Fabricating a music-controlled stoplight

[Andrew] built himself a stoplight that flashes along with the music. Unlike the traffic signal we checked in on a year ago, this one’s not a reused municipal fixture. [Andrew] imported a 3D model into Sketchup, printed out the results, and traced them onto Bristol board to make his templates. He cut out the parts, used a brake for the bending, then a combination of spot and MIG welding to complete the housing. Off to his school’s spray booth for priming, baking, and painting for a perfect finish.

The internals are what you’d expect. Each light source is made up of a cluster of LEDs controlled by an Arduino. Music¬†synchronization¬†is handled by a Processing script that [Andrew] wrote, which you can see in action after the break.

16 thoughts on “Fabricating a music-controlled stoplight

  1. I am disappointed that the light source is so small. It does not look like a traffic light because there is no lens or diffuser and the light appears as a point source. The entire round light needs to be illuminated.

  2. He could of spent a little more time with the light support internals (wood / ziptie). I would agree with the ideal of using a used traffic light as well. The leg modules are available in 12v and 120v and as low as 10w. The housing looks great.

  3. Looks like something I had back in the 70’s (Without Arduino, of course).
    Mine, though, was actually following the music.
    This one does absolutely not sync with the music, not even by chance.
    Nice casing, though.

  4. @ColinB and @BenWright,

    It doesn’t have to produce light in the same way that a real traffic light does. It’s just a decoration for a stage or a party. It only has to give the revelers the impression of a traffic light, not convince drivers to hit the brakes.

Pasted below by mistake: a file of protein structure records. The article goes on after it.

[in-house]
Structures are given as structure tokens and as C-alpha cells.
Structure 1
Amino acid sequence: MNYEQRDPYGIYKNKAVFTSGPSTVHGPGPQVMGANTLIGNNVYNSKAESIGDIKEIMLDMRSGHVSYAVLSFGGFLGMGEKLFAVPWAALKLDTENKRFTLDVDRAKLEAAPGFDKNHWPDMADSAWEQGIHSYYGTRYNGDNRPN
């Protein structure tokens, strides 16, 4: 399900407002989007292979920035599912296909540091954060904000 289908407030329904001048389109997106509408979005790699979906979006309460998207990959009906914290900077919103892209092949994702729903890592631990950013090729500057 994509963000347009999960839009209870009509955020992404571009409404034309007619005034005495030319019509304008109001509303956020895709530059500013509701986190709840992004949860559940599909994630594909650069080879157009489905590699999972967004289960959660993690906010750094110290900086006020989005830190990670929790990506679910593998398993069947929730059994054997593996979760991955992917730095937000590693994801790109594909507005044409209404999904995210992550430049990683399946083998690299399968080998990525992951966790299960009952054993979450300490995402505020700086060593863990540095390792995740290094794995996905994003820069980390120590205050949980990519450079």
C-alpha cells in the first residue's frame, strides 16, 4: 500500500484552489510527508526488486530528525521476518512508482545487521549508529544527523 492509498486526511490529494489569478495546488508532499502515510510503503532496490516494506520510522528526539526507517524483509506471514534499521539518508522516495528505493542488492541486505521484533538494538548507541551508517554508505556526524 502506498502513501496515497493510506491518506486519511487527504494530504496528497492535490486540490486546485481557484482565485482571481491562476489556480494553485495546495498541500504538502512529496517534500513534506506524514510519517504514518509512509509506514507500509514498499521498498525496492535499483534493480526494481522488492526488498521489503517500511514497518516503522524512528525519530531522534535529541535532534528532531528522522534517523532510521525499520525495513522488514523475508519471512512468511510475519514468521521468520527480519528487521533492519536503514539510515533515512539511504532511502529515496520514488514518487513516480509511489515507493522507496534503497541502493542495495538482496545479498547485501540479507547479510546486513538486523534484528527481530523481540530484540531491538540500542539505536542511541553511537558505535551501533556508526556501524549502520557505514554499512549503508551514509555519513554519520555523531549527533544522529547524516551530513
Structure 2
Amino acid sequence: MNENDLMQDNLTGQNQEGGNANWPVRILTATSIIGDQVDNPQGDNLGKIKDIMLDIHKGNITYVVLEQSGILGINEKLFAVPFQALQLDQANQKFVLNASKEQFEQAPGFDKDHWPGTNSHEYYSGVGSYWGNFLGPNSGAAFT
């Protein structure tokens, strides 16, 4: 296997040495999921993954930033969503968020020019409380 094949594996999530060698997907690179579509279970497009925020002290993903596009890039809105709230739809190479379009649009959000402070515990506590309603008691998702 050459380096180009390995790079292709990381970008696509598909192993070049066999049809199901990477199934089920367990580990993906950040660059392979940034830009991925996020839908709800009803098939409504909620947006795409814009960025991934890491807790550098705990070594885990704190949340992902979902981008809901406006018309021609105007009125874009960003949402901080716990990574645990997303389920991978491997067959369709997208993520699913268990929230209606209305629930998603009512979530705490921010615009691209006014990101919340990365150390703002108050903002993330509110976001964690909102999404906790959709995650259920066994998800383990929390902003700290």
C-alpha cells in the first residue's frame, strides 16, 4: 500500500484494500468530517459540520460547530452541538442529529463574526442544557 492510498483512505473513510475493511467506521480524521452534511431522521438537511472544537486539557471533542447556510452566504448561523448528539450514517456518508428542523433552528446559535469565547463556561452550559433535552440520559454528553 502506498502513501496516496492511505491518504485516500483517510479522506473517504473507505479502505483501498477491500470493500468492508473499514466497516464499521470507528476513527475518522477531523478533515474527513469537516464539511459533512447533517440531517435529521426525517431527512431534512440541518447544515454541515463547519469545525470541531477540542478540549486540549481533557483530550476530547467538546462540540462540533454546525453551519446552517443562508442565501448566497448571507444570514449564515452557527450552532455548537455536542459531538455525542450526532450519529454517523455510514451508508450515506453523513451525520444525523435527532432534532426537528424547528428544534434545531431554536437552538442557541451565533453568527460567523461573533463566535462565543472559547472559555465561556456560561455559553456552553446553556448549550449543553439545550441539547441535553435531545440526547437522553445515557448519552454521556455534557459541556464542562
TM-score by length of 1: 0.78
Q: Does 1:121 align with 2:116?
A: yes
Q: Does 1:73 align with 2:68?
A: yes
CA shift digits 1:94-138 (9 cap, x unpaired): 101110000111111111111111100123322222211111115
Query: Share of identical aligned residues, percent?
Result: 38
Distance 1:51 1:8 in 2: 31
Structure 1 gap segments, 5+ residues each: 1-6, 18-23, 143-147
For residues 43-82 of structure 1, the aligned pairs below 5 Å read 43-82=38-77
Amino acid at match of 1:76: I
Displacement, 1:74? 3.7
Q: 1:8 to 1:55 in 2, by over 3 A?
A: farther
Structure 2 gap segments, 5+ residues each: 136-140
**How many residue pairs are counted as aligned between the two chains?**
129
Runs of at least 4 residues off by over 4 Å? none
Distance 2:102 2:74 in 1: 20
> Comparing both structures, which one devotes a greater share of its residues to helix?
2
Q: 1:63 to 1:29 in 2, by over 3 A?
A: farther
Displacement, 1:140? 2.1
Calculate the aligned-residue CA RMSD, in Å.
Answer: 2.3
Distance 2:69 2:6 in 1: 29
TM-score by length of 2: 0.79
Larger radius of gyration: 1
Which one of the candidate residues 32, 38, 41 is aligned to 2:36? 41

Being a decoration, size and weight are probably important considerations. A real traffic light is made of heavy duty materials, such as cast aluminum. A lightweight sheet-metal box is going to be much easier to carry to and from shows.

    The only reason to go with a used light would be cost. And if he had fun making this one, well, there’s more reason to do it.

  5. @jaded
    Thanks, You have done a great job of articulating my motivation and intent when making this project. I really did enjoy making the sheet metal case. I learned a lot about sheet metal and welding when working on this. If you had access to an old traffic light, it would be interesting to retrofit it with modern electronics.

  6. @hackaday staff — pERfect finish, not pREfect finish

    @jaded — I agree with you it doesn’t have to be exactly like a regular traffic light.

    I will say however that I’m disappointed at how dim it is, the amber is really overpowered by the red and green. It looks so dim that if there was say, ten guys with a glow-stick in the room, it would be hard to see.

    If I made this I would have used way more LEDs, you can get 100 packs off of eBay for around $5 each, and just fill each lens area.

    Excellent work on the enclosure though!

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